Home Music Abbey Rader: Music is Meditation

Abbey Rader: Music is Meditation


In one of the most poignant moments of this remarkable documentary its protagonist Abbey Rader, declares that “The spiritual realm…is really the governing body of everything.” This is something that the musician and drummer, martial artist and Buddhist, learned a long time ago when he was on an interminable journey through life, just as John Coltrane was. Mr. Rader also strove for the same things that John Coltrane did: Spontaneity in all things. Mr. Coltrane acknowledged that in A Love Supreme. Abbey Rader has been journeying thoughtfully through the sound worlds of the past, digging deep into his soul, experiencing his own and the artistry of great figures that went before him in a most visceral manner. It affected his music profoundly. We hear and see this throughout Get Free a short film by Jorge Rubiera. You know at once that the film is a truly outstanding audio-visual essay that looks into the life and legacy of an artist en route to legendary status for Mr. Rader.

Abbey-Rader-Meditating-iconEmbracing Abbey Rader’s past can enrich the present. Not just his, but our own as well. It gives us a unique opportunity to view and hear about the central dictum of his life: Music is meditation. This is what drives him; enables him to align all ideas in the unity of music, meditation and martial arts. The film is superbly paced. Through the streets of New York rich in a somewhat forgotten history of jazz to the peaceful retreat in the woods outside the city where it is impossible not to meditate, we are privy to Mr. Rader’s extraordinary world. There is a mesmerising rhythm that unfolds drawing us in to what might only be described as the graceful unravelling of T’ai Chi. This gentle pulse informs the “supreme ultimate force” which, in turn, informs Abbey Rader’s music as well. We live through his music with a certain thrill. The mesmerising sound of the drums dances around the the tenor saxophone of John McMinn, the alto saxophone of Noah Brandmark and the bass of Kyle Motl, like ethereal molecules of DNA and sets the tone for the soundtrack of the film. You are, in fact, transported to a time when drums first spoke the language of life, love and music and it is this very hypnotic swaying pulse sets the tone for a future when Abbey Rader, sailing through the present, will finally find the appreciation that he so richly deserves.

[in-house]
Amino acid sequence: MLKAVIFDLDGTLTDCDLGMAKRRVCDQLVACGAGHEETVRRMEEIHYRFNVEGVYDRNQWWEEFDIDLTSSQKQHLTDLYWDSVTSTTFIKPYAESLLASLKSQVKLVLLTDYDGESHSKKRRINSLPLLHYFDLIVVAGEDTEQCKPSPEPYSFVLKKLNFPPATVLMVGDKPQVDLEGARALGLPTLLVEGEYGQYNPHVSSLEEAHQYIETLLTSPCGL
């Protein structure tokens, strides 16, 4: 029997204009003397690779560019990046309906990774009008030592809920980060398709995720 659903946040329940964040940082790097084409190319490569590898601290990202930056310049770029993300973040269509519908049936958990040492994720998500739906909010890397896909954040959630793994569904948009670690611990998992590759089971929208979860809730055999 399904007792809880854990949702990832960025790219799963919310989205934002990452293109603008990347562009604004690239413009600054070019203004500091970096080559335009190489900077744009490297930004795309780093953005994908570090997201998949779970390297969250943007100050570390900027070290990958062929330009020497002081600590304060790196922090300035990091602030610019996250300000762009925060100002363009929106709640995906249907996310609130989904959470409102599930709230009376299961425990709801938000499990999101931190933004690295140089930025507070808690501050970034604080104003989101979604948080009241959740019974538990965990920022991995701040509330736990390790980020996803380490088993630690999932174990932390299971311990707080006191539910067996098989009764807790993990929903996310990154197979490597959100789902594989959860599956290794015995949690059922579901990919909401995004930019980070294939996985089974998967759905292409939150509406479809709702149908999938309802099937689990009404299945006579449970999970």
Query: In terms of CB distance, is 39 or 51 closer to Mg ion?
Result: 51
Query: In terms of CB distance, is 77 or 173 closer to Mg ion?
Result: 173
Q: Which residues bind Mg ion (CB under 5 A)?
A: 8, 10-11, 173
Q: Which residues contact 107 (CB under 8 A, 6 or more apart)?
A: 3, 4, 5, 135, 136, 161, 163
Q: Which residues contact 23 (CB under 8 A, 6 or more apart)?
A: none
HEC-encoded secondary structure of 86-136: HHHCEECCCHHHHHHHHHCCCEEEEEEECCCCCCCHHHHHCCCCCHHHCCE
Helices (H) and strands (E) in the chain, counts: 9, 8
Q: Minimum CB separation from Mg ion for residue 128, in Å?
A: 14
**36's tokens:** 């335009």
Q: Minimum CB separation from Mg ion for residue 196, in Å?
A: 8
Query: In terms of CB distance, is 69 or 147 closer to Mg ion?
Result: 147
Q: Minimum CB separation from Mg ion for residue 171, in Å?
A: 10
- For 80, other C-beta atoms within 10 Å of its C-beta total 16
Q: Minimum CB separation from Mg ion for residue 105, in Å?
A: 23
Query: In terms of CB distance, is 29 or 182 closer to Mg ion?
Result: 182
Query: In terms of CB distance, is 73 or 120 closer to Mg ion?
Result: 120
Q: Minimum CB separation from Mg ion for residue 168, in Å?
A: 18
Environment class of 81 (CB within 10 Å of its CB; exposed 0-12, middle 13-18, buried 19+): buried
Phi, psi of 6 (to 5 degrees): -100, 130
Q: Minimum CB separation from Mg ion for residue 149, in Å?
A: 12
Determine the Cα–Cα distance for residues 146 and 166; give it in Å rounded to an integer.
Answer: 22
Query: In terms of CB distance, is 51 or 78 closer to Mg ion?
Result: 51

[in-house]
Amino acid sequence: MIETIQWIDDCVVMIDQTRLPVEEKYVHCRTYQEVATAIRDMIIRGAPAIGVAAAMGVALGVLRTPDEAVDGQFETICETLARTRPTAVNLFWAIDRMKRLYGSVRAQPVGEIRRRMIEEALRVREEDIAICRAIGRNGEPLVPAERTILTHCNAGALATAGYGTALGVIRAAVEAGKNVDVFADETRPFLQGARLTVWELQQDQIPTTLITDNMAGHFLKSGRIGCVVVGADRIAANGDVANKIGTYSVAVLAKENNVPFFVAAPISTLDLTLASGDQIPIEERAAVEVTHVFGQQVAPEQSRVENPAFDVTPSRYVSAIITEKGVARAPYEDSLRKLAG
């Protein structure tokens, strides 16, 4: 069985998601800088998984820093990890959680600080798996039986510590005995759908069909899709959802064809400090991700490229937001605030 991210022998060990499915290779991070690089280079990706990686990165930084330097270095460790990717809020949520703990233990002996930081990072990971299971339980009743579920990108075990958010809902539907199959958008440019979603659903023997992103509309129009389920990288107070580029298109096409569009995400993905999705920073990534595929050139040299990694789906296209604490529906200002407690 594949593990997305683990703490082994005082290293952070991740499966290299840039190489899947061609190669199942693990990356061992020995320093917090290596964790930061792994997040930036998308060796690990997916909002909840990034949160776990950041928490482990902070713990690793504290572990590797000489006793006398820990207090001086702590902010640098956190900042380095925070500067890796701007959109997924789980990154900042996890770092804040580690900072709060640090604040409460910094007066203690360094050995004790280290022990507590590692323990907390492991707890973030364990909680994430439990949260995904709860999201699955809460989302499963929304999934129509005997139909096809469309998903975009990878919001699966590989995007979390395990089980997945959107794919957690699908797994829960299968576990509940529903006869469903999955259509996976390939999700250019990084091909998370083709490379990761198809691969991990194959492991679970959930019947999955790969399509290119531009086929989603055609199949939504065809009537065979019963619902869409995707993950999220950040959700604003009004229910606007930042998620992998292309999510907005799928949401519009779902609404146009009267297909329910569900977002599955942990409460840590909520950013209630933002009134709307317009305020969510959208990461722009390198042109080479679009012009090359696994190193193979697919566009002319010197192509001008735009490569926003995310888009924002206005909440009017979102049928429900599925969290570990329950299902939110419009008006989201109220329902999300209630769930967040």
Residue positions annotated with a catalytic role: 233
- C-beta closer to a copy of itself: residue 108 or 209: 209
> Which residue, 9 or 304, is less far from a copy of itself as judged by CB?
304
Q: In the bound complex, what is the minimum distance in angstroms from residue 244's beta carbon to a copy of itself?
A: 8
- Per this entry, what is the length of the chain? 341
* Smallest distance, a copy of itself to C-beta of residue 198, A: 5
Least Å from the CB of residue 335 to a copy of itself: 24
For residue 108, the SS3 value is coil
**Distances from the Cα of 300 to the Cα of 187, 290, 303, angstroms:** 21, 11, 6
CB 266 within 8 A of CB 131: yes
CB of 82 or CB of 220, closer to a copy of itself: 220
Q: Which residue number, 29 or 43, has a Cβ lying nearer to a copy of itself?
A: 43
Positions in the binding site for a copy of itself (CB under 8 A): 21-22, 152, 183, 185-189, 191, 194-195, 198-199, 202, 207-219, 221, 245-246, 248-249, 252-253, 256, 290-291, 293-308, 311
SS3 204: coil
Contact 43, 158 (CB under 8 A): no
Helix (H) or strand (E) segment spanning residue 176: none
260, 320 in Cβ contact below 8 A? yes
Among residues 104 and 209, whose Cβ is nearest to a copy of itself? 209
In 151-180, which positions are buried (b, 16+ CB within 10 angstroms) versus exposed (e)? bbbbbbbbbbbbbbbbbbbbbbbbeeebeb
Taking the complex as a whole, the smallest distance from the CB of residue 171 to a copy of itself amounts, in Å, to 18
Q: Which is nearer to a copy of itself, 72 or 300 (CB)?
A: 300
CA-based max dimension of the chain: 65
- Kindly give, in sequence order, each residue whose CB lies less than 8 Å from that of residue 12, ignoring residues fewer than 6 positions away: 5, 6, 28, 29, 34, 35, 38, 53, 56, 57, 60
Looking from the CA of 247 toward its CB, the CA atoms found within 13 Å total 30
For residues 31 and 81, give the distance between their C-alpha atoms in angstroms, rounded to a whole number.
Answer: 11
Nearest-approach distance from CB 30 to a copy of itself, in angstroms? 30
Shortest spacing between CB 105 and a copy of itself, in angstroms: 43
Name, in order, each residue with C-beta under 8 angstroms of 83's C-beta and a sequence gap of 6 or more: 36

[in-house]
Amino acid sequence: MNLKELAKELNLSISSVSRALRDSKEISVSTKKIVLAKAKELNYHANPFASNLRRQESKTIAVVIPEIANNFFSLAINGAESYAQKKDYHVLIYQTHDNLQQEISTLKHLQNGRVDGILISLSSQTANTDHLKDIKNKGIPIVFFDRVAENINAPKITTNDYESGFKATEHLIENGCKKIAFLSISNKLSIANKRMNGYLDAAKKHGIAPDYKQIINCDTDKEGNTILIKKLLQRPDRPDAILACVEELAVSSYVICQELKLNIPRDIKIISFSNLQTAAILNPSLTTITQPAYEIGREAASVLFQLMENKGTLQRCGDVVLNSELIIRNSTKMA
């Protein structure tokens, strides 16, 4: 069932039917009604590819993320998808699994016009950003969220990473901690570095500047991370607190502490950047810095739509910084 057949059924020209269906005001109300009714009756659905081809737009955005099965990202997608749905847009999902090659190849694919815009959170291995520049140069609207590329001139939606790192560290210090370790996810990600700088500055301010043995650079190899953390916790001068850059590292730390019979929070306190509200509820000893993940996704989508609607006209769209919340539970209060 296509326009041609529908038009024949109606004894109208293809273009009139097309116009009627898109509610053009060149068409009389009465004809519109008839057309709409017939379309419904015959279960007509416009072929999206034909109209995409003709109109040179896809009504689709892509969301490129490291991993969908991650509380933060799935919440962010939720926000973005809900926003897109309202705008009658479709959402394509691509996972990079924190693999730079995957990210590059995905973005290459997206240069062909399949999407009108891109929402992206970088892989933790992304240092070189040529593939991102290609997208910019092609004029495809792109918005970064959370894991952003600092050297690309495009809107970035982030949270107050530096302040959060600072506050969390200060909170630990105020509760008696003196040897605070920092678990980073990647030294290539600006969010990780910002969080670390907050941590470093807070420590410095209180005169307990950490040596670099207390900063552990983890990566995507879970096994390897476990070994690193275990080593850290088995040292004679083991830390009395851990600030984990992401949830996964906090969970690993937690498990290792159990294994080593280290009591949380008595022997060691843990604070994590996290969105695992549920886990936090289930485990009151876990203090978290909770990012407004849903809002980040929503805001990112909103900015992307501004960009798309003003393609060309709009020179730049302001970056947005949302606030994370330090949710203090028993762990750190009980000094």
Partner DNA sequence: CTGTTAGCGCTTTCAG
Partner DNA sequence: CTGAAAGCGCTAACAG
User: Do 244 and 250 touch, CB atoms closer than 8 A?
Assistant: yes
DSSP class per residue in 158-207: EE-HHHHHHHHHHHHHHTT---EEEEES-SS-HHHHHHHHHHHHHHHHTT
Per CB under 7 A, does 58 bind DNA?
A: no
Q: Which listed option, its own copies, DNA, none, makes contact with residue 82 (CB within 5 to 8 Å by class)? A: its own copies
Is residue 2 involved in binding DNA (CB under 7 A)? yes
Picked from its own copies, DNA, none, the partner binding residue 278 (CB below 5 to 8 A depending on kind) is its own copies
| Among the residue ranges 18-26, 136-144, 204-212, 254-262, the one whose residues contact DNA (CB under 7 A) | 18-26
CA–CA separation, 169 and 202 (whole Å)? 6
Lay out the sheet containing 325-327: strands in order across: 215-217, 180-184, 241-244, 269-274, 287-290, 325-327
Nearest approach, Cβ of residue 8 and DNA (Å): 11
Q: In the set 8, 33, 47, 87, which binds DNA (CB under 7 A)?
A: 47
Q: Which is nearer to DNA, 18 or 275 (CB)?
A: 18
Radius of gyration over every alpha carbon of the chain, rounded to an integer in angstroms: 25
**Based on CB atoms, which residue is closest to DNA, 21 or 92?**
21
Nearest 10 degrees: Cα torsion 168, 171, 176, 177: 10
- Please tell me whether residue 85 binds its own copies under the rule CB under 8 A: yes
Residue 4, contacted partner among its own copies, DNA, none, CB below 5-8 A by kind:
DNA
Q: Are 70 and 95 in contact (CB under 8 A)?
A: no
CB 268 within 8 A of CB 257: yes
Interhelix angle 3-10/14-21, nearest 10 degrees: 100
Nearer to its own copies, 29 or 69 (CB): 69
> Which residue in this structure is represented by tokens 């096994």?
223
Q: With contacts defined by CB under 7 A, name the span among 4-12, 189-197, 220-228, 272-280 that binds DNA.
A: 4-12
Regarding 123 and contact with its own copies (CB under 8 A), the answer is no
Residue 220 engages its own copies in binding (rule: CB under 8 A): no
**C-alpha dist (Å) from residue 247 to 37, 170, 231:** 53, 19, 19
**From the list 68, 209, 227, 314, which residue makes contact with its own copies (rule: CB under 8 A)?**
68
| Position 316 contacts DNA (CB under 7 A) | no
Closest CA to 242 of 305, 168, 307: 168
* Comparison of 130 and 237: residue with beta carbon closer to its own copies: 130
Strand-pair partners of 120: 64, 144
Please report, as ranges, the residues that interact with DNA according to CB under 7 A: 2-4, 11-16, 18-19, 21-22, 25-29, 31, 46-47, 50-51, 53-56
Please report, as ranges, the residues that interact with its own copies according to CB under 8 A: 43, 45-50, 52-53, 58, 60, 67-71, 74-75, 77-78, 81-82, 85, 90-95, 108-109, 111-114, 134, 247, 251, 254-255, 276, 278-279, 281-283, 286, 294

In choosing the black and white medium for the narrative, Jorge Rubiera has delivered something of a home run. It speaks of a history of music and meditation that seems to come alive in the frames in the film. The cinematography is exquisite too. Visuals melt one into the other whether Abbey Rader is playing with his quartet or whether he is taking you on a tour of New York City and from there on to the meditation centre in the woods. Mr. Rubiera shows himself to be a filmmaker with a unique feeling for Mr. Rader’s drumming, his music and the rhythm of his life.

Produced by: Jorge Rubiera & Kai Rader

Directed: Jorge Rubiera

Swamp Valve Pictures

Duration: 21mins 25 secs.

Based in Canada, Raul da Gama is a Canadian poet, musician and accomplished critic whose profound analysis is reinforced by his deep understanding of music, technically as well as historically. Raul studied music at Trinity College of Music, London and has read the classics, lived and worked in three continents and believes that there is a common thread running through every culture on earth. It is this unifying aspect of humanity that occupies his thoughts each day as he continues to write poetry and critique music. His last book was The Unfinished Score: The Complete Works of Charles Mingus, a book that relocated the life and works of the great American composer and bassist, Charles Mingus, to the landscape of poetry. He is currently at work on a poem of some length.


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